note: Zambia is said to have over 70 languages, although many of these may be considered dialects; all of Zambia's major languages are members of the Bantu family (2010 est.)
Portuguese 71.2% (official), Umbundu 23%, Kikongo 8.2%, Kimbundu 7.8%, Chokwe 6.5%, Nhaneca 3.4%, Nganguela 3.1%, Fiote 2.4%, Kwanhama 2.3%, Muhumbi 2.1%, Luvale 1%, other 3.6%
note: most widely spoken languages; shares sum to more than 100% because some respondents gave more than one answer on the census (2014 est.)
Literacydefinition: age 15 and over can read and write English
total population: 63.4%
male: 70.9%
female: 56% (2015 est.)
definition: age 15 and over can read and write
total population: 71.1%
male: 82%
female: 60.7% (2015 est.)
Major infectious diseasesdegree of risk: very high
food or waterborne diseases: bacterial and protozoal diarrhea, hepatitis A, and typhoid fever
vectorborne diseases: malaria and dengue fever
water contact disease: schistosomiasis
animal contact disease: rabies (2016)
degree of risk: very high
food or waterborne diseases: bacterial and protozoal diarrhea, hepatitis A, typhoid fever
vectorborne diseases: dengue fever, malaria
water contact disease: schistosomiasis
animal contact disease: rabies (2016)
Education expenditures1.1% of GDP (2008)
3.5% of GDP (2010)
Urbanizationurban population: 41.8% of total population (2017)
rate of urbanization: 4.35% annual rate of change (2015-20 est.)
urban population: 45.6% of total population (2017)
rate of urbanization: 4.6% annual rate of change (2015-20 est.)
Drinking water sourceimproved:
urban: 85.6% of population
rural: 51.3% of population
total: 65.4% of population
urban: 14.4% of population
rural: 48.7% of population
total: 34.6% of population (2015 est.)
urban: 75.4% of population
rural: 28.2% of population
total: 49% of population
urban: 24.6% of population
rural: 71.8% of population
total: 51% of population (2015 est.)
Sanitation facility accessimproved:
urban: 55.6% of population
rural: 35.7% of population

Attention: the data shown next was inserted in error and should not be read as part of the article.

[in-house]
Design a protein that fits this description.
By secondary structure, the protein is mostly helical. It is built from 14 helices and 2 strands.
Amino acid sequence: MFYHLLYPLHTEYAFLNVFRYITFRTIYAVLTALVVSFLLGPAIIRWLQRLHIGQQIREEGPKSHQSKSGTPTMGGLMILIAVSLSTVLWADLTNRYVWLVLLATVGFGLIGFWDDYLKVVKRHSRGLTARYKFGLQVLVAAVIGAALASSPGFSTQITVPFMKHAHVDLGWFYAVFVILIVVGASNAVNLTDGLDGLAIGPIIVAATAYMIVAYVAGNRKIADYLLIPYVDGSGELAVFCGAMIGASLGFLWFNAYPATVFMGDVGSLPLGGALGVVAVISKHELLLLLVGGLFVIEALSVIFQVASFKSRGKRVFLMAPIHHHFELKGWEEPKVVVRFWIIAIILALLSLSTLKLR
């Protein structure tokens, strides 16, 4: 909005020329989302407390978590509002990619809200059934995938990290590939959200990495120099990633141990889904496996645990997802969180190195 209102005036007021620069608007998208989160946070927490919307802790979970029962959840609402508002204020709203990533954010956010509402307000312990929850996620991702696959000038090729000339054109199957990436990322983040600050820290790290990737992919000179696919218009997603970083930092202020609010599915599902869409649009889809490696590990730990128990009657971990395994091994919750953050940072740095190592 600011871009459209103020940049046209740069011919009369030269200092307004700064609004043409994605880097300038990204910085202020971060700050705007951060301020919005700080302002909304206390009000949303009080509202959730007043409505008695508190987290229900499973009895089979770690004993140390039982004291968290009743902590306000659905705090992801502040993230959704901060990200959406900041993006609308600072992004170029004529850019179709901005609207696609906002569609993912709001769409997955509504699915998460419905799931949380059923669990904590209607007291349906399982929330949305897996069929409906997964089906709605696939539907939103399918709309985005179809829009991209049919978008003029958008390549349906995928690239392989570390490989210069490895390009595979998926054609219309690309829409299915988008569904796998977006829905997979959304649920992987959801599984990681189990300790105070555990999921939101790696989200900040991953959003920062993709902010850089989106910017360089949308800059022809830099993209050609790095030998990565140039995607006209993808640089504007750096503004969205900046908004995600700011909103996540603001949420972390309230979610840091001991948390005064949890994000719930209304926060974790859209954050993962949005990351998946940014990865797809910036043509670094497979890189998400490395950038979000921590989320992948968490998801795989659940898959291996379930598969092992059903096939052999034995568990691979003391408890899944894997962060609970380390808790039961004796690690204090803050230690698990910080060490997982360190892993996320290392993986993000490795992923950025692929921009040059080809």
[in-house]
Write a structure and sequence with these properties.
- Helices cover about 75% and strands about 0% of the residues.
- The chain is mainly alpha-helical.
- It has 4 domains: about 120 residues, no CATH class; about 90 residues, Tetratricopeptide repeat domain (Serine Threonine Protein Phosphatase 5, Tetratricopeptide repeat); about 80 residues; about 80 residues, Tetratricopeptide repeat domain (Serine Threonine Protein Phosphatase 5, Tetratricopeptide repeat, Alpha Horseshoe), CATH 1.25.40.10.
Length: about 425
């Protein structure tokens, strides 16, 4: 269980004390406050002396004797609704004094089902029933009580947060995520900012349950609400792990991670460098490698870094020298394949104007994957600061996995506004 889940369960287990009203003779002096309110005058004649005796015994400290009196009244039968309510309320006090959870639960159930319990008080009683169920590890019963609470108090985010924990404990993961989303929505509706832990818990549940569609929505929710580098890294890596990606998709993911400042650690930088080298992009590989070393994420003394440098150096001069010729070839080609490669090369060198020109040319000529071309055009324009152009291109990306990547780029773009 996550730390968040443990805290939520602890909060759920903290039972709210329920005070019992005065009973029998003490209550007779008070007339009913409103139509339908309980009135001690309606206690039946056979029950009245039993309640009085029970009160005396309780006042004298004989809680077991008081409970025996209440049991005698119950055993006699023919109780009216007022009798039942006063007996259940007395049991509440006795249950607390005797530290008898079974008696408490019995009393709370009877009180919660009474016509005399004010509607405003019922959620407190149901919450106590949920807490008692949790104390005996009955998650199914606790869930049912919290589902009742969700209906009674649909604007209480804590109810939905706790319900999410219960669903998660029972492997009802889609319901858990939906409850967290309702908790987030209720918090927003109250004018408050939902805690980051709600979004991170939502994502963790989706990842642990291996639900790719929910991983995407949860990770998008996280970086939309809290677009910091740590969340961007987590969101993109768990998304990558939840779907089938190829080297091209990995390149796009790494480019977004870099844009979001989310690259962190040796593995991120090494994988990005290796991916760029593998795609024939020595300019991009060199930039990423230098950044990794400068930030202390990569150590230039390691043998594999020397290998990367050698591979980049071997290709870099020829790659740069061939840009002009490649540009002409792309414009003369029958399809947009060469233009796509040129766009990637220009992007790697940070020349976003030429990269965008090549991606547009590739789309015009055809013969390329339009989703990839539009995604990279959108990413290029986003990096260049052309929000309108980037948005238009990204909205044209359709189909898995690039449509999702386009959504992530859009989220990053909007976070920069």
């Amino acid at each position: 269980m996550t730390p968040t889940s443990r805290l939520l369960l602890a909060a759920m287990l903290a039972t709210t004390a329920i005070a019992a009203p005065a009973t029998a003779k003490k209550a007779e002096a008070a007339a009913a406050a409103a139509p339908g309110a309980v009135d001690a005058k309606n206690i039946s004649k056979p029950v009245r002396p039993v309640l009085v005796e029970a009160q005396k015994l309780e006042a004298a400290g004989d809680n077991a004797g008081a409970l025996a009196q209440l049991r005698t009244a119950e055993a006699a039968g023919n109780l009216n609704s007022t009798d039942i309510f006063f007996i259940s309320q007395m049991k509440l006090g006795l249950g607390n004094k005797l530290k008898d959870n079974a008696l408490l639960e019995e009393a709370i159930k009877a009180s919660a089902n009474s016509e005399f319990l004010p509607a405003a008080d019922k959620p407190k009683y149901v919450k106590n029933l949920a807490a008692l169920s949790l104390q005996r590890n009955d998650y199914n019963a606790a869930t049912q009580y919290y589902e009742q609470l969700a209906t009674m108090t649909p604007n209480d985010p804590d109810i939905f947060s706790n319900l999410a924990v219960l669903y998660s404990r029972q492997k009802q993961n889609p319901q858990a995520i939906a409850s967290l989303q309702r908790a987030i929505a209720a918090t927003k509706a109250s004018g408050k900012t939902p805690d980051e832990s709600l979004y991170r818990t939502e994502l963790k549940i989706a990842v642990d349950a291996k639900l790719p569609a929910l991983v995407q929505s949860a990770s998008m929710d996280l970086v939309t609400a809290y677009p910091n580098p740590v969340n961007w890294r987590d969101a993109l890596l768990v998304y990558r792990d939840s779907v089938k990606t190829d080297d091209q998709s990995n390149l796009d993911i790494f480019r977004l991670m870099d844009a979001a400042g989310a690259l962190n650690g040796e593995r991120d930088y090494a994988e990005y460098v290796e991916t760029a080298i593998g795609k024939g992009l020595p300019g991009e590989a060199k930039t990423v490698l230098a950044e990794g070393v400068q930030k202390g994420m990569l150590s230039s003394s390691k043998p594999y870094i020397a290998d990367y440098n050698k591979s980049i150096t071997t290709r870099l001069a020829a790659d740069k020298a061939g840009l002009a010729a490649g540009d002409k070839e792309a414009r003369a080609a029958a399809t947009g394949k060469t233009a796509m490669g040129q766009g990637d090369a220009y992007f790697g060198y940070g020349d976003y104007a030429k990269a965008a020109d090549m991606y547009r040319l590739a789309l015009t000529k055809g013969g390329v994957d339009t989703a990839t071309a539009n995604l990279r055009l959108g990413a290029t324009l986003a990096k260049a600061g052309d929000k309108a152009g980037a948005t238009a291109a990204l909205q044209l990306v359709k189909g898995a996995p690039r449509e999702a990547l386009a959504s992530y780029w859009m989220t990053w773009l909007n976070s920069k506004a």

total: 43.9% of population
urban: 44.4% of population
rural: 64.3% of population
total: 56.1% of population (2015 est.)
urban: 88.6% of population
rural: 22.5% of population
total: 51.6% of population
urban: 11.4% of population
rural: 77.5% of population
total: 48.4% of population (2015 est.)
Major cities - populationLUSAKA (capital) 2.179 million (2015)
LUANDA (capital) 5.506 million; Huambo 1.269 million (2015)
Maternal mortality rate224 deaths/100,000 live births (2015 est.)
477 deaths/100,000 live births (2015 est.)
Children under the age of 5 years underweight14.8% (2013)
19% (2016)
Health expenditures5% of GDP (2014)
3.3% of GDP (2014)
Physicians density0.16 physicians/1,000 population (2012)
0.14 physicians/1,000 population (2009)
Obesity - adult prevalence rate8.1% (2016)
8.2% (2016)
Child labor - children ages 5-14total number: 1,000,850
percentage: 41%
note: data represent children ages 7-14 (2005 est.)
total number: 832,895
percentage: 24% (2001 est.)
Mother's mean age at first birth19.2 years
note: median age at first birth among women 25-29 (2013/14 est.)
19.4 years
note: median age at first birth among women 25-29 (2015/16 est.)
Demographic profileZambia’s poor, youthful population consists primarily of Bantu-speaking people representing nearly 70 different ethnicities. Zambia’s high fertility rate continues to drive rapid population growth, averaging almost 3 percent annually between 2000 and 2010. The country’s total fertility rate has fallen by less than 1.5 children per woman during the last 30 years and still averages among the world’s highest, almost 6 children per woman, largely because of the country’s lack of access to family planning services, education for girls, and employment for women. Zambia also exhibits wide fertility disparities based on rural or urban location, education, and income. Poor, uneducated women from rural areas are more likely to marry young, to give birth early, and to have more children, viewing children as a sign of prestige and recognizing that not all of their children will live to adulthood. HIV/AIDS is prevalent in Zambia and contributes to its low life expectancy.
Zambian emigration is low compared to many other African countries and is comprised predominantly of the well-educated. The small amount of brain drain, however, has a major impact in Zambia because of its limited human capital and lack of educational infrastructure for developing skilled professionals in key fields. For example, Zambia has few schools for training doctors, nurses, and other health care workers. Its spending on education is low compared to other sub-Saharan countries.
More than a decade after the end of Angola’s 27-year civil war, the country still faces a variety of socioeconomic problems, including poverty, high maternal and child mortality, and illiteracy. Despite the country’s rapid post-war economic growth based on oil production, more than 40 percent of Angolans live below the poverty line and unemployment is widespread, especially among the large young-adult population. Only about 70% of the population is literate, and the rate drops to around 60% for women. The youthful population – about 45% are under the age of 15 – is expected to continue growing rapidly with a fertility rate of more 5 children per woman and a low rate of contraceptive use. Fewer than half of women deliver their babies with the assistance of trained health care personnel, which contributes to Angola’s high maternal mortality rate.